Penn State University ArduPilot Project

I'm an undergrad EE student at Georgia Tech and this summer I'm working in an aerospace research lab at Penn Sate University, headed by Dr. Jack Langelaan. My project is to outfit a Zagi THL glider with an autopilot system. The reaserch is being funded by the NSF, and the aim is to work on developing open-source autopilot hardware and software, with a goal of having the drones do useful work, such as monitoring meteorological conditionsWe want our autopilot to be based around an IMU. We're using an IMU because we need a system that is more robust than the IR sensors that the ArduPilot is based around. This system will need to be able to stabilize the aircraft in heavy clouds, near mountains, and in other conditions that are likely to fool the IR sensors.We were initially planning on using the Sparkfun 6DOF V4, but due to the availability of the Vectornav VN100, we have decided to use that instead. Connecting either module to the ArduPilot presents a challenge because of the limited IO ports on the ATMega microcontroller. However, while the Sparkfun module only has a UART interface, the VN100 also has SPI, which should make it relatively easy to interface with.The VN100 implements an extended Kalman filter onboard, so we will get an attitude solution from the module, which we will use on the ArduPilot to stabilize the aircraft.Navigation will be accomplished using a GPS, in our case the u-blox 5 module from Sparkfun. This seems to be one of the best chipsets available today, and unlike NMEA, the ubx protocol provides vertical velocity data, which is useful for aircraft navigation.Our airframe is a Zagi THL glider. This is a flying wing, with elevons as the only control srufaces. This makes control of the aircraft slightly more difficult than with an Easystar, as it requires mixing of the control surfaces to execute a level turn. I've attached a photo below.I'll keep this post updated with my progress throughout the summer, and add more details about some of the pieces I'm working on.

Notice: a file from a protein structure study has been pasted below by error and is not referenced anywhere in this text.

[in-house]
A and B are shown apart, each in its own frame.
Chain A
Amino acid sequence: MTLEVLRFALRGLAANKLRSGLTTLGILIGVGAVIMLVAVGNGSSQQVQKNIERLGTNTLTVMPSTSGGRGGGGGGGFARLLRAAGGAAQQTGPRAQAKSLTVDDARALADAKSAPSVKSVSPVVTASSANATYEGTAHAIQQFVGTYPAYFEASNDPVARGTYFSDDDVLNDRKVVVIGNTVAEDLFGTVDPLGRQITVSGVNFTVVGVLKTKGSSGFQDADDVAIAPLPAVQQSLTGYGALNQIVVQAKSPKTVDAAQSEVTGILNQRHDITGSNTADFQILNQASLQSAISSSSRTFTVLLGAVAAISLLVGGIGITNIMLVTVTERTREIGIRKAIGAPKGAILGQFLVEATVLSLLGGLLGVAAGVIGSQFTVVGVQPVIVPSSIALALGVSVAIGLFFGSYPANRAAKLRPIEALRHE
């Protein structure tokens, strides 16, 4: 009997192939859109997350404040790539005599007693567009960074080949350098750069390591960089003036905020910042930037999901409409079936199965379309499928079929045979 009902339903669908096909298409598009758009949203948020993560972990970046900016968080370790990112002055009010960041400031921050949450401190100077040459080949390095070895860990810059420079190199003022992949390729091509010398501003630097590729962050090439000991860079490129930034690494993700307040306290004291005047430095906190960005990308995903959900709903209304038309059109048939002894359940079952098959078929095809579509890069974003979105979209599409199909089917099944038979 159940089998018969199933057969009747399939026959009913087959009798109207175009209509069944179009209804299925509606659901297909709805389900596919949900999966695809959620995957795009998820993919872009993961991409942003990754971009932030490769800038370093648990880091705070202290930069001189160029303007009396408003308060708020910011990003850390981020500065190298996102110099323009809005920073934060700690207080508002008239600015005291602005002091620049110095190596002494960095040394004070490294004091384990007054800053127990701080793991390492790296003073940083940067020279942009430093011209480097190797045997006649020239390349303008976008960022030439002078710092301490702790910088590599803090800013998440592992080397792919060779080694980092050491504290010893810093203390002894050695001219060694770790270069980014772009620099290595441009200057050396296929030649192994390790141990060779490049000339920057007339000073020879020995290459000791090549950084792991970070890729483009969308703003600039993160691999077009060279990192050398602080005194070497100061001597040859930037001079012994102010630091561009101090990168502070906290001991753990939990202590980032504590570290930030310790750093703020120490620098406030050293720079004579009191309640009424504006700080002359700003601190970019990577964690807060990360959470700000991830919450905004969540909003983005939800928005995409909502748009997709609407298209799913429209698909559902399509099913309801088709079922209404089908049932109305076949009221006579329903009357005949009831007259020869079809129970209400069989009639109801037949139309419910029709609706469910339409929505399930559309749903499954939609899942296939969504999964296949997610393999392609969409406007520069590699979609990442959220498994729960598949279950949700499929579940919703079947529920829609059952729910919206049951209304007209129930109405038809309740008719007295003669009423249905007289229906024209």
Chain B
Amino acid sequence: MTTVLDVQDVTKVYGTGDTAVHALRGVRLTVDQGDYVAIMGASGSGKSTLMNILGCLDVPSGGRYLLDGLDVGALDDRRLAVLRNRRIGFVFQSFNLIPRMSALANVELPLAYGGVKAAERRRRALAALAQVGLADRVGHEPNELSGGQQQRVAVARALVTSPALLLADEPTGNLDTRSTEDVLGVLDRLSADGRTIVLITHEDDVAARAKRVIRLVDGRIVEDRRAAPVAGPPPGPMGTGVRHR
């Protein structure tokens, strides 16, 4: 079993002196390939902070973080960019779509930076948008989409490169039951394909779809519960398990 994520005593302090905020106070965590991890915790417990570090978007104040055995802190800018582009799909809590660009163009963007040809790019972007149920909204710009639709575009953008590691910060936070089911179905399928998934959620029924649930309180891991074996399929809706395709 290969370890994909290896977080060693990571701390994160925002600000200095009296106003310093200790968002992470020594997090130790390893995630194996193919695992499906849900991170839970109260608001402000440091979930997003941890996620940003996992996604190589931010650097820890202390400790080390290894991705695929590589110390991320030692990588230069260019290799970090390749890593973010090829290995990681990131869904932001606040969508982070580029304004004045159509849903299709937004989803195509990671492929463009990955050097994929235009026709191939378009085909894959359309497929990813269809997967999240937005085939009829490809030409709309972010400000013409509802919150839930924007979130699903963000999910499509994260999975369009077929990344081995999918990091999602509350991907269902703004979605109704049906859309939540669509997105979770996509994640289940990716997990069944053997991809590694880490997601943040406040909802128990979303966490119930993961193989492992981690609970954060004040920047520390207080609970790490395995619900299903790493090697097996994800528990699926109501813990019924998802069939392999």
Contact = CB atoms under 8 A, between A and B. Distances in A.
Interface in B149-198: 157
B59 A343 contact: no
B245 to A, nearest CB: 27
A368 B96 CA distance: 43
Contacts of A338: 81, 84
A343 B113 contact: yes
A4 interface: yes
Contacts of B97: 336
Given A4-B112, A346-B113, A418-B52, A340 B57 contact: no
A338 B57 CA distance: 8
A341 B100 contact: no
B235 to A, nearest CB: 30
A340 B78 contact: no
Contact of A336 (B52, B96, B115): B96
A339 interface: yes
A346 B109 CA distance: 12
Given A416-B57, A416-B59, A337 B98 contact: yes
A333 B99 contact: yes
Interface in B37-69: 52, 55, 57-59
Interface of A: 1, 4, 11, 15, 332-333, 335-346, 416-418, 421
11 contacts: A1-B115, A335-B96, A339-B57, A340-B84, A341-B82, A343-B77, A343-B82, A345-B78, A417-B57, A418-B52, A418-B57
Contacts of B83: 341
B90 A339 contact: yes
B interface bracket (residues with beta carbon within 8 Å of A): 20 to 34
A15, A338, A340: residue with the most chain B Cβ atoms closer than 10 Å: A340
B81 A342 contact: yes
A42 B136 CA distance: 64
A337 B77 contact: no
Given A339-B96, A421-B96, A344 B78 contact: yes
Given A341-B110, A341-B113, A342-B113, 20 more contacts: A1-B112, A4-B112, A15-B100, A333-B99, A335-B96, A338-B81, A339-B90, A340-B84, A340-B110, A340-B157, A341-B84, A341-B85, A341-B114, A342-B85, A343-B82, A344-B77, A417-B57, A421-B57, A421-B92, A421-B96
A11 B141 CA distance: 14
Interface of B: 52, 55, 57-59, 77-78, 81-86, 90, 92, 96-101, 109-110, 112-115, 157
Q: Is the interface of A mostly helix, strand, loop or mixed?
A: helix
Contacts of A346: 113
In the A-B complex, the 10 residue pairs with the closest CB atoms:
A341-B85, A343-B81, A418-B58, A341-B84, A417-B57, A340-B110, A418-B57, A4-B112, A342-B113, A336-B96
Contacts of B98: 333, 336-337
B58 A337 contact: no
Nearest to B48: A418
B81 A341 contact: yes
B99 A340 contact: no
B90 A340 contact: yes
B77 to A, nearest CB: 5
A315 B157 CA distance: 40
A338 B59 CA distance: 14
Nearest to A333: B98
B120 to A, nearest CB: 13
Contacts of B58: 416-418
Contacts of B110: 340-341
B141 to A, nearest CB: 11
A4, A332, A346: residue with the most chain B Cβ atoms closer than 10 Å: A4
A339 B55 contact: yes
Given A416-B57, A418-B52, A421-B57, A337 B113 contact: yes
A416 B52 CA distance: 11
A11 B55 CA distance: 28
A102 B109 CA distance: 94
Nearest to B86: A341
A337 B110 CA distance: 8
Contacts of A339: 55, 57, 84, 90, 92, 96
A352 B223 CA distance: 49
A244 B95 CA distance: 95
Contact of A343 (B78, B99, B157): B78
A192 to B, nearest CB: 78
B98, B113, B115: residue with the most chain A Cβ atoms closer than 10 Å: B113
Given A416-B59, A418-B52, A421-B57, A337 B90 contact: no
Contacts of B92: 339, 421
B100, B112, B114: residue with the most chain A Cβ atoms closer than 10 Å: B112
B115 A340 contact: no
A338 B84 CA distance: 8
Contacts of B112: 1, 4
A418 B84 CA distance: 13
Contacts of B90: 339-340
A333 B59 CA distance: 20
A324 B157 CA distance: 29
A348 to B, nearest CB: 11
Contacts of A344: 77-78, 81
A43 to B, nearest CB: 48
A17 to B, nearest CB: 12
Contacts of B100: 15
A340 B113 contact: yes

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  • Damon Pipenberg

    I am using now and arduino Due to interface VectorNAV_100 in SPI mode
    below is the link of the hardware 
    I am sending a request in spi to read yaw pitch roll(registry 8)
    0x01, 0x08, 0x00, 0x00, 0x00, 0x00, 0x00, 0x00, 0x00, 0x00, 0x00, 0x00, 0x00, 0x00, 0x00, 0x00
    but the output is coming as
    0x01, 0x08, 0x04, 0x00, 0x00, 0x00, 0x00, 0x00, 0x00, 0x00, 0x00, 0x00, 0x00, 0x00, 0x00, 0x00
    i even tried with other registry (0x13 etc) but the output is the same
    can u suggest where am i going wrong
    Below is the code uploaded to arduino due
    #include <SPI.h>
    code to read vectornav data via an arduino DUE SPI pins 
    byte attitude[16]; // yaw, pitch, & roll
    int slaveSelectPin = 52; //52 or 4 or 10
    void setup() 
      SPI.transfer(slaveSelectPin, 0x01, SPI_CONTINUE);
      SPI.transfer(slaveSelectPin, 0x08, SPI_CONTINUE);
      SPI.transfer(slaveSelectPin, 0x00, SPI_CONTINUE);
      SPI.transfer(slaveSelectPin, 0x00, SPI_CONTINUE);
      SPI.transfer(slaveSelectPin, 0x00, SPI_CONTINUE);
      SPI.transfer(slaveSelectPin, 0x00, SPI_CONTINUE);
      SPI.transfer(slaveSelectPin, 0x00, SPI_CONTINUE);
      SPI.transfer(slaveSelectPin, 0x00);